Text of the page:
This was the first of about 6 or so more demands. God only knows what goes on in "diversity sensititivy training" sessions, but it can't be good. At best, it's a marathon session of being preached to by brainless Berkely graduates who are too incompetent to get a job teaching in a community college. At worst it would be like one of those "re-education" programs that are so popular a few hundred miles or so to the north of Seoul.

So, will the editors show some balls and end the meeting right here? Will they stand up to this PC bullying?

Response: Claudia Chung stated that she is in contact with Mae Cheng, the President of AAJA, regarding sensitivity training. They have a meeting with Cheng on Monday and will email Phil after that meeting. When asked what percentage of their staff are people of color or gay or lesbian, Peres refused to answer. McCarthy stated that they do not ask the sexual orientation of their staff. Chung stated that they will hire more Asian Americans at Details, and that someone from Human Relations will also attend the meeting with AAJA on Monday.

Well, looks like this Asian-American group gots theyselves a new bitch.

Hard to feel pity for a group of people like these editors so lacking in backbone. Enjoy the 8+ hours of humiliation...

Comments on original posts


I see that some people came to our site from this blog... any PR is good for us. :)

They weren't lacking in backbone. They were wrong. That's the bottomline.

Asian Americans have long been regarded as "model minorities," doing well in school, working hard and not making waves. It took a very long time for many of us to realize that we have not really been regarded as part of American society. The piece "Gay or Asian?" really woke Asian Americans up to this harsh reality.

I'm sure it wasn't intended that way but Details galvanized the Asian American community. 30,000 plus people in the petition and 250 people at the protest even though it was during the workday really pissed some people off, eh?

Posted by: James Fujikawa | June 02, 2004 at 10:38 AM

I see that some people came to our site from this blog... any PR is good for us. :)

They weren't lacking in backbone. They were wrong. That's the bottomline.

Asian Americans have long been regarded as "model minorities," doing well in school, working hard and not making waves. It took a very long time for many of us to realize that we have not really been regarded as part of American society. The piece "Gay or Asian?" really woke Asian Americans up to this harsh reality.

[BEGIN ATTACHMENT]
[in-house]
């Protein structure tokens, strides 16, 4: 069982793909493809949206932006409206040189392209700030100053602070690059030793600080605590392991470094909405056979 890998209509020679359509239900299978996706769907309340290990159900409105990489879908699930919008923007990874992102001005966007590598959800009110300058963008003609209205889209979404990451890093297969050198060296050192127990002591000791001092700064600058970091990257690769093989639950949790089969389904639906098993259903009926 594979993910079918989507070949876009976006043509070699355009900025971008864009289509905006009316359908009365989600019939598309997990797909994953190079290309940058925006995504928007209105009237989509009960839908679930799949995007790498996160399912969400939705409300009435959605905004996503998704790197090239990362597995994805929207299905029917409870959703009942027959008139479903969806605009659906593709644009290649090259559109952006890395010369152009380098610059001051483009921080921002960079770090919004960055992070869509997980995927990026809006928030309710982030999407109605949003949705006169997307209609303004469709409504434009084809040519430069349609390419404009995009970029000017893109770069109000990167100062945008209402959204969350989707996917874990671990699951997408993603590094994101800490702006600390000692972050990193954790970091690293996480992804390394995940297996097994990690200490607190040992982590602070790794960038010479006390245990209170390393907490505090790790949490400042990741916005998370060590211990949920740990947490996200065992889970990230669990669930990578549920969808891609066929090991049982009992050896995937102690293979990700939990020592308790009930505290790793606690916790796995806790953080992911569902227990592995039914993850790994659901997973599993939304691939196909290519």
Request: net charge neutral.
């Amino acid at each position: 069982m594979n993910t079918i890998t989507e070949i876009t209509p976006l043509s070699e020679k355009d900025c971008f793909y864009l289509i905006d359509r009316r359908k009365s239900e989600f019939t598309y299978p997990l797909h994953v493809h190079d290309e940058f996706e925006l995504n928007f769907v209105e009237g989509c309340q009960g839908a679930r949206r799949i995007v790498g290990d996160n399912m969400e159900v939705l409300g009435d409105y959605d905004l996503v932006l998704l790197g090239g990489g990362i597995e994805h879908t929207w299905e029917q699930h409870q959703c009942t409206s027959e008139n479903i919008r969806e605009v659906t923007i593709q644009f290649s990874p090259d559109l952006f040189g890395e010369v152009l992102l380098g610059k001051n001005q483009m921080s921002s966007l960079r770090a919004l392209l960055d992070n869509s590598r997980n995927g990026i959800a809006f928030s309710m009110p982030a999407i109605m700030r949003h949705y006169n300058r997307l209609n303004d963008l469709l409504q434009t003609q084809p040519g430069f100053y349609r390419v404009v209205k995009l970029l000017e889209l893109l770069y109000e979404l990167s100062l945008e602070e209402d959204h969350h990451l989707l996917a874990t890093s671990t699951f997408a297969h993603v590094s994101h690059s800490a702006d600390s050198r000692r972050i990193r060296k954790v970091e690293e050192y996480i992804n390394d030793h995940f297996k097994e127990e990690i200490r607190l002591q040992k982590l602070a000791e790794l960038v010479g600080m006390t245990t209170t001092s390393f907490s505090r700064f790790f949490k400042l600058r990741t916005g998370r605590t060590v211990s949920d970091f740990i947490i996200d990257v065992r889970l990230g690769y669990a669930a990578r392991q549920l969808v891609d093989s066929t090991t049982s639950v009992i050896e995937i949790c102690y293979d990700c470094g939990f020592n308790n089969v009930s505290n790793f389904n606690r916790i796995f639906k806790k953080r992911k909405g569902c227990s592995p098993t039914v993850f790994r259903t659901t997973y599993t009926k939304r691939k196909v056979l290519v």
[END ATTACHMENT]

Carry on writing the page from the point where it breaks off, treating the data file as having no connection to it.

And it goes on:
I'm sure it wasn't intended that way but Details galvanized the Asian American community. 30,000 plus people in the petition and 250 people at the protest even though it was during the workday really pissed some people off, eh?

Posted by: James Fujikawa | June 02, 2004 at 10:39 AM

Thanks for the comment. Since you stayed civil, the least I can do is return the favor. I'd be interested in hearing your answers to the four questions I posed earlier in the piece, especially #4.

My take is that the article in Details was just silly. It's biggest crime in my opinion is that it wasn't that funny. So what I question is whether or not this is something that you need to make a big deal out of. Certainly there must be more pressing issues to deal with, eh?

Posted by: Scott | June 02, 2004 at 11:46 PM

I didn't expect the response so I didn't notice till today. Anyway, answers....

#1. Whenever you see Asian males on American TV/Film, it's still less likely to be seen as love interest for someone, compared to other minorities. And unfortunately, it is true that Asian males are more prone to be portrayed as sexless or gay (at the best). When is the last time you saw Asian male character getting a girl and how often? I still remember BD Wong was talking about this. He said, "Asian males like me are, for some reason, not allowed to have any love interest." And that's coming from APA gay male. That's sad.

#2. I need you to take a look at this. Doesn't this kinda look like, "Gay or Asian?" in nature? And remember what happened to Japanese Americans during World War 2.

or this

History repeats itself. That's a well-known fact. We can't be too vigilant when it comes to it.

#3 Please refer to my comment on 6/2.

#4. We didn't want to come off as anti-gay. That's why we teamed up with GAPIMNY (Gay Asian Pacific Islander Men of New York) and the guy you see on the pic is its co-chair Glenn Magpantay. The source of anger is media under representation of both straight Asians and gay Asians. The bottom line is, we don't need some white people to define who we are. We can do it ourselves. We don't mind white people to laugh WITH us but do mind white people laughing AT us. That is why many APAs got angry at this "Gay or Asian?" The piece pit straight Asians and gay Asians against each other. People saw it and that's why they wanted to protest. What is an APA media watch group like us to do?